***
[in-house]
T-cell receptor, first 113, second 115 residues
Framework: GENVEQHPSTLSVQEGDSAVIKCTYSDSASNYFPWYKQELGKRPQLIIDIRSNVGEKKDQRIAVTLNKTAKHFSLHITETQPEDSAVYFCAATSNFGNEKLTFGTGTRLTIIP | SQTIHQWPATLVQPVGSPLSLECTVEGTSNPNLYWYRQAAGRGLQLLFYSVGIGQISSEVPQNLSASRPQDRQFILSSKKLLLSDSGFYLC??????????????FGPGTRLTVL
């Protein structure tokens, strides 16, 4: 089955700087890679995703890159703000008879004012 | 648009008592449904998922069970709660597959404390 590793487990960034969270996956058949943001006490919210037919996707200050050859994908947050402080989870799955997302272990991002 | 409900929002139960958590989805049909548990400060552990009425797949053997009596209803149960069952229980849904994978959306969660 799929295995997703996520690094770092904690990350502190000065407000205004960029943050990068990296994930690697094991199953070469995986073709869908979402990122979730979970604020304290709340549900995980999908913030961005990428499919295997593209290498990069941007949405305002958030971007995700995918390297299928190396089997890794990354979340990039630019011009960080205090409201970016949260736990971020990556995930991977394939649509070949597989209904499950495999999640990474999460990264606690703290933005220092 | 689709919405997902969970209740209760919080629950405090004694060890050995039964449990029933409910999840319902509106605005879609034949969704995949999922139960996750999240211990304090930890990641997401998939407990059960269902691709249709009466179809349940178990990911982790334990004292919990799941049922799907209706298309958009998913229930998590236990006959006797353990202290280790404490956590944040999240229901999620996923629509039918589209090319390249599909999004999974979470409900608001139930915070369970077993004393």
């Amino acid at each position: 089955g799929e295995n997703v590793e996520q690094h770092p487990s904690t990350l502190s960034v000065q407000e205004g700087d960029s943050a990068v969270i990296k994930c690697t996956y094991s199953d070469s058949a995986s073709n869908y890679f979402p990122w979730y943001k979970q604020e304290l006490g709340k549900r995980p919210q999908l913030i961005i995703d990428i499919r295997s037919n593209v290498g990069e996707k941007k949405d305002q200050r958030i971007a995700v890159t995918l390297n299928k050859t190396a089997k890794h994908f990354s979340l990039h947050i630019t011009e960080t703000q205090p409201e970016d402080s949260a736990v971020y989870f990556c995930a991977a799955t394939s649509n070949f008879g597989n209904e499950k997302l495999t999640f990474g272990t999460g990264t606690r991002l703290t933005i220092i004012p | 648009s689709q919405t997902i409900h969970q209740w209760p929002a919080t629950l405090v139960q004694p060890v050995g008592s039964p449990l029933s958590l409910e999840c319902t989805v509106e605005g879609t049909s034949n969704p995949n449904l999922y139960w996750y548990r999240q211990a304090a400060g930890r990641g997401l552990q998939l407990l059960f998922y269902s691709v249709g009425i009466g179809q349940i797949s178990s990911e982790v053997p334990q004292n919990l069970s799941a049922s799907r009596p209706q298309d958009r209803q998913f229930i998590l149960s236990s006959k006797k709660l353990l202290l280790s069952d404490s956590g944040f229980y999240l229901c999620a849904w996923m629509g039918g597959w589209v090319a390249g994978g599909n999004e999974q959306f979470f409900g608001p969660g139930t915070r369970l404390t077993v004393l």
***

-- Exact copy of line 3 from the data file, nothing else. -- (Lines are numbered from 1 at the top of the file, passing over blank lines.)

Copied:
Framework: GENVEQHPSTLSVQEGDSAVIKCTYSDSASNYFPWYKQELGKRPQLIIDIRSNVGEKKDQRIAVTLNKTAKHFSLHITETQPEDSAVYFCAATSNFGNEKLTFGTGTRLTIIP | SQTIHQWPATLVQPVGSPLSLECTVEGTSNPNLYWYRQAAGRGLQLLFYSVGIGQISSEVPQNLSASRPQDRQFILSSKKLLLSDSGFYLC??????????????FGPGTRLTVL